6 LA Restaurants to Dine Solo At During Your Next Business Trip
Business trips can often mean solo meals at the bar. As someone who travels often for work, I actually prefer sitting at the bar and getting a front row seat to all the action — you can also strike a conversation with the chef or your bar mate next to you. Whether you’re looking for a place to make some deals or will be dining as a party of one, here are a few places around Los Angeles to check out during your next business trip.
Don’t be fooled by the location. Even though Kazu Nori is located in Westwood Village and you may be dining next to broke college students, this sushi-bar only restaurant is still a local fave. You may have heard of it’s sister restaurant, Sugarfish, which is also highly recommended, but when you don’t have time to wait in line, want a grab a quick bite, or are simply dining alone, Kazu Nori is your best bet. Grab a seat at the bar and order the 6-Hand Roll for all the traditional hand rolls like salmon and crab in one order.
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If Italian is what you’re craving, then Terroni is the perfect place! With two locations (one in West Hollywood and the other in DTLA), Terroni serves up classic Italian fare like Tagliatelle Al Ragu and freshly made Margherita pizzas. You can pull up a seat at one of their wooden tables, sit at the marble top bar, or if it’s a beautiful day grab a table outside which is what I like to do when I’m dining solo. The restaurant prides itself in the quality of their ingredients — like their olive oil, which is actually made in Italy, exclusively for Terroni.
One of the best things about LA is the diversity and all the different cultures that the city attracts, which means you can find almost any type of cuisine depending on what your palate craves! On the famed foodie street, Sawtelle Boulevard, you’ll find some of the best Asian food. Tatsu Ramen was started by a few local families who fell in love with ramen while in Japan and decided to bring a piece of Tokyo back to LA. The signature Tonkotsu broth takes 12-14 hours to make daily and they also offer a vegan and gluten-free option (because, LA).
What makes this place friendly for solo diners? For starters, it’s never easy having a conversation while you’re busy slurping ramen. The fast casual restaurant uses iPads for ordering, just like Japan, which means it’s a great spot if you’re looking to dine in a jiffy. You can select one of their signature ramen bowls that run about $14 on average or you can make your own bowl and add any topping you’d like, from a soft boiled egg to organic tofu.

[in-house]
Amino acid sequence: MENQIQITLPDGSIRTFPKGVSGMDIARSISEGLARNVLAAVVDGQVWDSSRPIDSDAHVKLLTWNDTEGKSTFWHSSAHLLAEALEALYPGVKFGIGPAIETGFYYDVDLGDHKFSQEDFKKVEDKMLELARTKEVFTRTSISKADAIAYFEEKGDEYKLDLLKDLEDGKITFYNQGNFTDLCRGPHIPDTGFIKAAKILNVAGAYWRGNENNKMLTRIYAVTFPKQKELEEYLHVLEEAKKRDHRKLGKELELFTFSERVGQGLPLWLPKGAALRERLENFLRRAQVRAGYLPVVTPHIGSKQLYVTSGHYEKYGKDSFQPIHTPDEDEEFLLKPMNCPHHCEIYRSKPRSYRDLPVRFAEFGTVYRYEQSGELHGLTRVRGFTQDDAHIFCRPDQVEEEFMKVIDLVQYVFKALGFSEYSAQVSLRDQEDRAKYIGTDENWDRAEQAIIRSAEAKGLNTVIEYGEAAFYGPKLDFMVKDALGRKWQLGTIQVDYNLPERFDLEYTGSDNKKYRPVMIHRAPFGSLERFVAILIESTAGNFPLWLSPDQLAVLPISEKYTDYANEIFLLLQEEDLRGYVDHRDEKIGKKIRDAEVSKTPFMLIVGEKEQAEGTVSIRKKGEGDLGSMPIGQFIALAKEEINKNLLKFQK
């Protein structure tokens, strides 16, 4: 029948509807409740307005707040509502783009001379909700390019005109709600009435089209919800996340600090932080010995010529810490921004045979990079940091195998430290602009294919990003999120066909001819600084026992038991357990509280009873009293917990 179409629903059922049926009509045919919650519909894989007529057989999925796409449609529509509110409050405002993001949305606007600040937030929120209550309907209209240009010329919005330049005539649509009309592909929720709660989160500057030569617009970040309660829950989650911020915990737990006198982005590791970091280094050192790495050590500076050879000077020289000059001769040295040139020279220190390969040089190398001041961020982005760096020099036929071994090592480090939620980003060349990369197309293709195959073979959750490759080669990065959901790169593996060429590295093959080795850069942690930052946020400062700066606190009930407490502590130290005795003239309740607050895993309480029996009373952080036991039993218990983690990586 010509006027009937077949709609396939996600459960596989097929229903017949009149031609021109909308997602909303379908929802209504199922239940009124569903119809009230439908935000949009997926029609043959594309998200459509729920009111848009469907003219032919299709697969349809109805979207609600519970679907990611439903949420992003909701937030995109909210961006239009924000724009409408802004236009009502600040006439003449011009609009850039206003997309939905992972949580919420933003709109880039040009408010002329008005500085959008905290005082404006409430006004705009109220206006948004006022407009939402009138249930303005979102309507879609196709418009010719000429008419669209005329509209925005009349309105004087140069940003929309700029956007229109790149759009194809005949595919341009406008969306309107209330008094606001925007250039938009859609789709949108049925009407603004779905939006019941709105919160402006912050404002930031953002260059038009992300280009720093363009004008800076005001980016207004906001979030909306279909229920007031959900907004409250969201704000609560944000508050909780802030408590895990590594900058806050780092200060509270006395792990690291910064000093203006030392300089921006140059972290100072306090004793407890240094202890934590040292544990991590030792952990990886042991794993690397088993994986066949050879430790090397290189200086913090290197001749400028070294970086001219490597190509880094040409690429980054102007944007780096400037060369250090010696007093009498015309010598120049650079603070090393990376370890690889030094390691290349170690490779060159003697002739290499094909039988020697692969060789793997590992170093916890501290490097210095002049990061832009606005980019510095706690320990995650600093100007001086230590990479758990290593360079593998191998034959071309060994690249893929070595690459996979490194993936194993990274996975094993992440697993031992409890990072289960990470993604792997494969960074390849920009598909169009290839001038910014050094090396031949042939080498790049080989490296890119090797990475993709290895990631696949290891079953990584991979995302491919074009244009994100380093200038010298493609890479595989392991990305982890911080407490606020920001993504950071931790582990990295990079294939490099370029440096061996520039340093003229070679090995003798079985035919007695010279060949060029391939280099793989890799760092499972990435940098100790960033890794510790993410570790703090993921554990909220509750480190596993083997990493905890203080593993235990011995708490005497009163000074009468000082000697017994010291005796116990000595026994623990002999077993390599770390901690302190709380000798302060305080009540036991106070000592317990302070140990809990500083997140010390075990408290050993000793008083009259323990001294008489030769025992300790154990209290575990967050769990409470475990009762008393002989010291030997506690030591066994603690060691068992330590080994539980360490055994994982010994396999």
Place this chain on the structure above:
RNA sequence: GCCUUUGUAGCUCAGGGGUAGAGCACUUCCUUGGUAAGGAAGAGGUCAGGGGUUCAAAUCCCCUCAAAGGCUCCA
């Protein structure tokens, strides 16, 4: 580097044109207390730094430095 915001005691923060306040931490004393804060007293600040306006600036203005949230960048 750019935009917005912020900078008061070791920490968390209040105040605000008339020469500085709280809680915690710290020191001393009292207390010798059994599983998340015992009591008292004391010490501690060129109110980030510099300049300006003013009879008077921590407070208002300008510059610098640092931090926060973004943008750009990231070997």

And if you’ve got time to satisfy your sweet tooth, just walk along Sawtelle for a number of bakeries and confectioners like B. Sweet or Beard Papa for their famous cream puffs.
Right in the heart of the Golden Triangle of Beverly Hills is the luxurious Montage Beverly Hills hotel. Just steps away from the famed Rodeo Drive is this urban oasis with its striking Spanish Colonial Revival design and welcoming garden, locals and travelers alike are welcome to dine and get pampered at the bougie hotel. Stop by for happy hour at The Cafe between the hours of 3-6 PM for the Bubbles & Brew happy hour menu that includes $2 oysters, spicy tuna on crispy rice, and everyone’s favorite — truffle fries, and then wash it all down with a glass of bubbly or beer. You can also sit next door at the hotel bar and enjoy the sounds of live jazz music Wednesday through Saturday from 7:30-11:30 PM.
The popular wine shop owned by the Marciano brothers (yes, as in the GUESS? brand) just opened their newest bar and restaurant in Santa Monica, a few blocks away from Ocean Blvd. Diners can expect the same menu favorites like the Wally Burger, a sophisticated crowd, long communal tables, and floor-to-ceiling bottles of rare and popular wines. Head over after work hours and snag a table at the bar (if you’re lucky) and definitely order the charcuterie plate — it’s a must here!
The Intercontinental DTLA, one of downtown’s newer hotels, is home to sushi bar Sora, where you can pick your sushi straight off the conveyor belt while overlooking the City of Angels. The conveyor belt options include traditional sushi, sashimi, and vegetarian options as well. For the more adventurous eaters, leave it to the chef and order the Omakase or pick from one of their two bento boxes which comes with a miso soup, seaweed salad, and a combination of nigiri, sushi, and tempura depending on your choice.
The best time to dine at the hotel restaurant is during their All You Can Eat Conveyor Belt lunch special for $35 per person when suited diners flock, or in the evening during sunset hour so you can catch the last few hours of daylight with a side of sushi. The sushi at Sora is fresh and so are the views from the 69th floor.